Changing Nature's Course: The Ethical Challenge of Biotechnology

By Gerhold K. Becker; James P. Buchanan | Go to book overview

Project can live up to its promises. The HGP may allow us to more successfully pursue an approach to the practice of medicine and the delivery of health care that is more oriented toward prevention and early treatment. 50 If it is to fulfill those promises, however, society will have to give greater attention to anticipating concerns and issues; reveal the diverse stakeholders in the debate; more clearly articulate the moral values to which it is committed (and provide a clearer picture of how genetic technology fits into the structure of a good society); and come clean on the difficult policy decisions it faces. 51

Even technological Cassandras must admit that the progress made on the Project to this point is impressive. And as the fruits of the HGP are applied to practical human needs — as is beginning to happen now — the public's support for the Project will grow. But wishing for something good to happen is not the same as being assured that the good will result. For that to happen, society needs to take much more seriously the challenge and the risks of biotechnology.


Notes
3.
Mitcham notes that 'technology is . . . the making and using of artifacts in the most general sense,' Mitcham, 1980, 282. For many thinkers, the issues of major interest surrounding discussions of technology focus on its perceived dependence on or autonomy from human self-understanding and volition (Ellul, Marcuse, Heidegger); issues surrounding the general valuation of technology or identifiable technologies; its 'goodness' or 'badness' ( Rousseau, Tielhard de Chardin, Mumford); and the degree to which human beings either consciously or unconsciously appropriate technology (Ortega y Gasset), see Mitcham, 1980, 286-287.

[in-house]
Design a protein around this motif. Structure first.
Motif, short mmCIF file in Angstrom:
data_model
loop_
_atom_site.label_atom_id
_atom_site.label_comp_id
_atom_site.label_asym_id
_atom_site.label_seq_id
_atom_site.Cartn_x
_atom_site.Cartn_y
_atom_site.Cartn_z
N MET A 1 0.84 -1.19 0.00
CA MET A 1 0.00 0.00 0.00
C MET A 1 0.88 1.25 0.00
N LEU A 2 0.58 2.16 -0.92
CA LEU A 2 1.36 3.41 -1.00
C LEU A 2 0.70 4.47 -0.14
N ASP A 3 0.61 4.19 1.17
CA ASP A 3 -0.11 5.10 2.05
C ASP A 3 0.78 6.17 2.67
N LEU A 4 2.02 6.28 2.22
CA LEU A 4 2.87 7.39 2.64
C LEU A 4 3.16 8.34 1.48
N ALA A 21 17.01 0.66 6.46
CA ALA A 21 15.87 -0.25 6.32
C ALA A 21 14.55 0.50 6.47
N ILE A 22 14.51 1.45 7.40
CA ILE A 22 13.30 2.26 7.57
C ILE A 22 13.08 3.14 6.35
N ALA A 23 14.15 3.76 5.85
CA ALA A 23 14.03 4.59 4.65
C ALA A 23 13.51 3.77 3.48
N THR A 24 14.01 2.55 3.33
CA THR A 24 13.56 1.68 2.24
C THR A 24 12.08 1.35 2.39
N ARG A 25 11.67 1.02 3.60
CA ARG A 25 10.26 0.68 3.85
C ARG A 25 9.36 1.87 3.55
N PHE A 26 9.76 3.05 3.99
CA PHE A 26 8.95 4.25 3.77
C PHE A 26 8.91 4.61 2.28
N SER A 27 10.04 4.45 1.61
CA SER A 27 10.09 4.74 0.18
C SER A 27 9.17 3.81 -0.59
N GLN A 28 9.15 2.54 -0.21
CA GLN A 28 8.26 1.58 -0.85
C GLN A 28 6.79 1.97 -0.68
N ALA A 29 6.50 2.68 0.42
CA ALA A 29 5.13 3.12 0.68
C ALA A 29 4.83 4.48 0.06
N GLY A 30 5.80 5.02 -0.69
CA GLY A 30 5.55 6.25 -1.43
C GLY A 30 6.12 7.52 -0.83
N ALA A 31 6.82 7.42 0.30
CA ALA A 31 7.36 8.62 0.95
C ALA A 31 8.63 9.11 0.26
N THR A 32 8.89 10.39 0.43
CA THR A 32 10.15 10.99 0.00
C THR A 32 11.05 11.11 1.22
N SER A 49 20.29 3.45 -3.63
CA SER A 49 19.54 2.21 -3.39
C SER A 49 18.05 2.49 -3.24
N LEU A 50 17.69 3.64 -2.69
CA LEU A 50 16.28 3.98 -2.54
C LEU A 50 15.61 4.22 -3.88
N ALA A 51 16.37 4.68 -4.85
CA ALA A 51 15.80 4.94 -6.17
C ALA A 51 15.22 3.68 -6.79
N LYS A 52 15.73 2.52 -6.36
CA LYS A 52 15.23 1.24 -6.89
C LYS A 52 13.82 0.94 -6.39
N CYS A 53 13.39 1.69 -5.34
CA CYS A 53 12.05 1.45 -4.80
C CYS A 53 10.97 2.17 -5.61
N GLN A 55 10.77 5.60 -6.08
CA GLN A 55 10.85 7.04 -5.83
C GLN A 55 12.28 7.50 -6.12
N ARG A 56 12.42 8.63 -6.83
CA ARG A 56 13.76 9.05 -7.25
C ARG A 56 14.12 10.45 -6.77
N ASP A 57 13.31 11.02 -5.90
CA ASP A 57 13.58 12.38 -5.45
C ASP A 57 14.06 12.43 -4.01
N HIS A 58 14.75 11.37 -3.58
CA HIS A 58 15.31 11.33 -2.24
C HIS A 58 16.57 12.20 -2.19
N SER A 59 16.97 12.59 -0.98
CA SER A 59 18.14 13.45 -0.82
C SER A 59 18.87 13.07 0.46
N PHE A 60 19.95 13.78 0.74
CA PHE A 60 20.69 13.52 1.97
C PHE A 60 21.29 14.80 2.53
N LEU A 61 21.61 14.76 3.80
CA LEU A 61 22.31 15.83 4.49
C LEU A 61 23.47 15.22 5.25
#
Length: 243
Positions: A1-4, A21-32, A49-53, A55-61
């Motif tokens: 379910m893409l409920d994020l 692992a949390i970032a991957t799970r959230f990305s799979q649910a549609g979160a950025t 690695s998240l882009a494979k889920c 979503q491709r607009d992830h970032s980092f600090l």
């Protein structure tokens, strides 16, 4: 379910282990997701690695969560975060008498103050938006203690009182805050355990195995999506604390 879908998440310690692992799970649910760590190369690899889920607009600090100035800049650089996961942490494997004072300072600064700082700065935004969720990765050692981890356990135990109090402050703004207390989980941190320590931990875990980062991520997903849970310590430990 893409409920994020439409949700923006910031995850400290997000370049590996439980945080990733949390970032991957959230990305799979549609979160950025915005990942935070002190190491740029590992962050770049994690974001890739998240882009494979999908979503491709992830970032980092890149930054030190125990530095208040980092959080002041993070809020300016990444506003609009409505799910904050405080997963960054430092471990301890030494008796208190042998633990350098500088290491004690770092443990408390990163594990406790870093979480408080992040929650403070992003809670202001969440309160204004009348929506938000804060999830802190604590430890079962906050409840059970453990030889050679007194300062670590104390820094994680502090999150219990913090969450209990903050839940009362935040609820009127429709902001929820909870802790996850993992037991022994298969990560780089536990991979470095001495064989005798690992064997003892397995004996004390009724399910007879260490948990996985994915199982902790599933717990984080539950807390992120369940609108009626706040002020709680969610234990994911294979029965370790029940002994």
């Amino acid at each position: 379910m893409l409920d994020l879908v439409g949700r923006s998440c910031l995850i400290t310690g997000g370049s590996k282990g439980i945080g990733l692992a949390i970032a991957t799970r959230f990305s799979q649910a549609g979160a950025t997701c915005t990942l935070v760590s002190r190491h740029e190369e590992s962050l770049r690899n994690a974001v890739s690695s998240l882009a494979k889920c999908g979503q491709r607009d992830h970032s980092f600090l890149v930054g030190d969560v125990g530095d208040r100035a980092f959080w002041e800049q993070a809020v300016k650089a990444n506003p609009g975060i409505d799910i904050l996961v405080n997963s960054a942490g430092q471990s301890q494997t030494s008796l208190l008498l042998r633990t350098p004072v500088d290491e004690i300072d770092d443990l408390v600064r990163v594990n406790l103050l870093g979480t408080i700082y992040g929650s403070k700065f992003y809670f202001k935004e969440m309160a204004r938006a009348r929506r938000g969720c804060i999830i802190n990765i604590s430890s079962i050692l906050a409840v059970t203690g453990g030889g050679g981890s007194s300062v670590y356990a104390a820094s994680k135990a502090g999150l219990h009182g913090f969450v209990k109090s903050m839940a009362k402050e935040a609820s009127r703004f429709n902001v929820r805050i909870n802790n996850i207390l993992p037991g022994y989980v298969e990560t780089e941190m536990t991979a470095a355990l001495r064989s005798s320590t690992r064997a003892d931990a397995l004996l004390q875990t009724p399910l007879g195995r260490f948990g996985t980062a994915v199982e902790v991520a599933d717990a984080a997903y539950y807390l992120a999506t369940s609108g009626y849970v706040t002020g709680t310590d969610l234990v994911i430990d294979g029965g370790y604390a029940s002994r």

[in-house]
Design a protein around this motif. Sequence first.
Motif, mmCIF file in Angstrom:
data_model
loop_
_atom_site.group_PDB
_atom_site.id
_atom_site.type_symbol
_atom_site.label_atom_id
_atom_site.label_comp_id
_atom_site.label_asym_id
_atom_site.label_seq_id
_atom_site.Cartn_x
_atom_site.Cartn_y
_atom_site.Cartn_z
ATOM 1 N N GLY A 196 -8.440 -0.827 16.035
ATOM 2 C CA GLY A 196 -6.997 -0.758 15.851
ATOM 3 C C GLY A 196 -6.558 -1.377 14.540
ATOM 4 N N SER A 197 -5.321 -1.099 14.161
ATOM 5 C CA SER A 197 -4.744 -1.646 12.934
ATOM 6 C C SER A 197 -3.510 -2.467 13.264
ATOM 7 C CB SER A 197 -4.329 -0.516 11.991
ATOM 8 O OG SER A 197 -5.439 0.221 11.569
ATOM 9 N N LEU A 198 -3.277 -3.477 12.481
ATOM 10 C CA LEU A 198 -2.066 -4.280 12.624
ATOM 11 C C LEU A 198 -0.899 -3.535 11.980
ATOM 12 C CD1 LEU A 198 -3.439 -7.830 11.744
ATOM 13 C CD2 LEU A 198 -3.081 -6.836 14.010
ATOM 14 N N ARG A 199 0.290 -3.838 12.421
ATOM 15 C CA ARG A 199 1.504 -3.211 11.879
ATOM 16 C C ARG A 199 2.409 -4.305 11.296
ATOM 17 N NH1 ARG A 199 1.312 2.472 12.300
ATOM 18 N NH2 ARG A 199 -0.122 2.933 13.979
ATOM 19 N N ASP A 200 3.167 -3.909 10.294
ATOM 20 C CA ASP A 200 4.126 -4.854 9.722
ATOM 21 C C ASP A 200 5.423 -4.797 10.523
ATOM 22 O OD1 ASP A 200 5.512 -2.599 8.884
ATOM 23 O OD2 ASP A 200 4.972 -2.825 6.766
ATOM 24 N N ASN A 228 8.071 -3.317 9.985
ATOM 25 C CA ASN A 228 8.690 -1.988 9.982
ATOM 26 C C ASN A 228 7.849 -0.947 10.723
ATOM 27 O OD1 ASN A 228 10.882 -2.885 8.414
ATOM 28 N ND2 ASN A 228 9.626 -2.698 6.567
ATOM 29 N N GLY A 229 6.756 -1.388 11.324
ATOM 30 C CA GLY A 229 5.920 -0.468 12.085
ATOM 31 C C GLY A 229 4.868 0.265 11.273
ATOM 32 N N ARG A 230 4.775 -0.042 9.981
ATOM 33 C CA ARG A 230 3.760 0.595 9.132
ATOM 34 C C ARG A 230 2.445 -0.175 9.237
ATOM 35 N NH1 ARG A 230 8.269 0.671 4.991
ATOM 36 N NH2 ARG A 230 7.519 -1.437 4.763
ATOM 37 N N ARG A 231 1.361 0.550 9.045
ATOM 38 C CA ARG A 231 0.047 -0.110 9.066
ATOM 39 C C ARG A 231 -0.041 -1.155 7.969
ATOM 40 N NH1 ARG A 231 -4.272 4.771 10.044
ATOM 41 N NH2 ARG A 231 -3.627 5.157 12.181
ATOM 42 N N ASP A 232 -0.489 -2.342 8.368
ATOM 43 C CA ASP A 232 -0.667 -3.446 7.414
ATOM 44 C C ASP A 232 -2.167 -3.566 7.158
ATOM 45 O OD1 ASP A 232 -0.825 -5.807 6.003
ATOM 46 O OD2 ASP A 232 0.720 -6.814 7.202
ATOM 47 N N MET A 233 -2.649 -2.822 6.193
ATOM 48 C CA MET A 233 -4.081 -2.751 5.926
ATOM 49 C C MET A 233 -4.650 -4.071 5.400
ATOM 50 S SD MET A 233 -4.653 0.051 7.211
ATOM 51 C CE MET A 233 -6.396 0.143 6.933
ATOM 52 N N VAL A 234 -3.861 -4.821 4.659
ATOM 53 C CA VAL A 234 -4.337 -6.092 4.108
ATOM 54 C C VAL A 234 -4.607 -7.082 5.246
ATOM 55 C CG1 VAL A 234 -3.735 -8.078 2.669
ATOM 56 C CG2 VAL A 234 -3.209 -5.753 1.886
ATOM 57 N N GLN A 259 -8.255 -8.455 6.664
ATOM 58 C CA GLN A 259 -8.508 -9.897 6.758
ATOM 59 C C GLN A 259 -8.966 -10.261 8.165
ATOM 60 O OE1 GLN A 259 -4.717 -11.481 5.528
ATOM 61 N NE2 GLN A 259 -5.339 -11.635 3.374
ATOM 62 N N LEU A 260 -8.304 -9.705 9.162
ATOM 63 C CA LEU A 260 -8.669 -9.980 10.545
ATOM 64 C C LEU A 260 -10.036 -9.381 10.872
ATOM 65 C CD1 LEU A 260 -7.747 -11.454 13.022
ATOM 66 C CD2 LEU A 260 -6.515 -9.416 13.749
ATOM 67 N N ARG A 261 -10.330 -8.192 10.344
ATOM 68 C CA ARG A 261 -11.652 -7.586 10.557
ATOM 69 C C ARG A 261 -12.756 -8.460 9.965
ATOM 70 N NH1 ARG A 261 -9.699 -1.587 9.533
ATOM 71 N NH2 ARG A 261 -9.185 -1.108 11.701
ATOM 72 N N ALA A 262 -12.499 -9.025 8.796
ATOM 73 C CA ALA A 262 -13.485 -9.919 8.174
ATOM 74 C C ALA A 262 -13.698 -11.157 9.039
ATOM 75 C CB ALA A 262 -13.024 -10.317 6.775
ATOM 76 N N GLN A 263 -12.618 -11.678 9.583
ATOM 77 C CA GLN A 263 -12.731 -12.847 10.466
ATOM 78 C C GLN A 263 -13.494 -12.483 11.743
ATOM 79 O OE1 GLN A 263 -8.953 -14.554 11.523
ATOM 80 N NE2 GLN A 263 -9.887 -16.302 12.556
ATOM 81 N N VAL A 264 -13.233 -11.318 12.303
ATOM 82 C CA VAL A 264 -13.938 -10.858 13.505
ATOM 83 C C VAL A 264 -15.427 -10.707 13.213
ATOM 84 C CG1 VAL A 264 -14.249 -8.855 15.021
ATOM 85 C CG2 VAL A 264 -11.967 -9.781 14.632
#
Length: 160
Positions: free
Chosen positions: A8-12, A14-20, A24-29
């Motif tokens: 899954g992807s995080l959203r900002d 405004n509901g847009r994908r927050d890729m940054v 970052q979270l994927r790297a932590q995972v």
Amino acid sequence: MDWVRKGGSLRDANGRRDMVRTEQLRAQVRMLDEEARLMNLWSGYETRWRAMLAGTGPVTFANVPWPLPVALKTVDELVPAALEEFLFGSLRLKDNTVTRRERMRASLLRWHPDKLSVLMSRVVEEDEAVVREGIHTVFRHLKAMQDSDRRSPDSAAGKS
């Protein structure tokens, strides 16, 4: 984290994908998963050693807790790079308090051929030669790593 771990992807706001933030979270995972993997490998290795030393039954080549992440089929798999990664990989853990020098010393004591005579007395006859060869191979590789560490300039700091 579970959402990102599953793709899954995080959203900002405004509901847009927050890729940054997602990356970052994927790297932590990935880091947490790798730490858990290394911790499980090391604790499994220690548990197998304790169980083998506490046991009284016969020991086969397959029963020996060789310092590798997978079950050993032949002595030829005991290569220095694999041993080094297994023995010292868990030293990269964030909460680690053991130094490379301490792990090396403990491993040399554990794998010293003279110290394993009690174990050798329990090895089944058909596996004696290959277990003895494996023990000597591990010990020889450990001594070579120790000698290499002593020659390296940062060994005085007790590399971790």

4.
A number of philosophers and theologians appear to echo this general tendency linking technological discovery and development to fundamental human ontology. For example, Dessauer posits a 'technological mysticism' in which such activity is viewed as an extension of divine creation and incarnation. Mounier suggests that such a creative impulse reflects humanity's 'dermurgic function,' see Mitcham, 1980, 290-293. The Jesuit Teilhard de Chardin emphasizes the movement of the human spirit toward a moment of ultimate ontological transformation facilitated by and constituting a creative technological mastery of the world, Barbour, 1993, 7, 269. The Uruguayan Jesuit philosopher and liberation theologian Juan Luis Segundo argues that human creative activity ought to seek to establish humanity's 'dominion over nature' as one manifestation of its drive for human solidarity and supernatural transformation, Segundo, 1976, 150. Other thinkers focus on social effects as a means of justifying an optimistic reading of technology ( Buckminster Fuller, Herman Kahn, and Alvin Toffler).
5.
Ellul, 1964, 1990 and summarized in Mitcham, 1990, 287, 309-312.
8.
This argument is developed from various theological perspectives by George Bernanos, David Brinkman, and Emil Brunner. See also Ramsey, 1970, and contributions in Mitcham and Grote, 1984.

-100-

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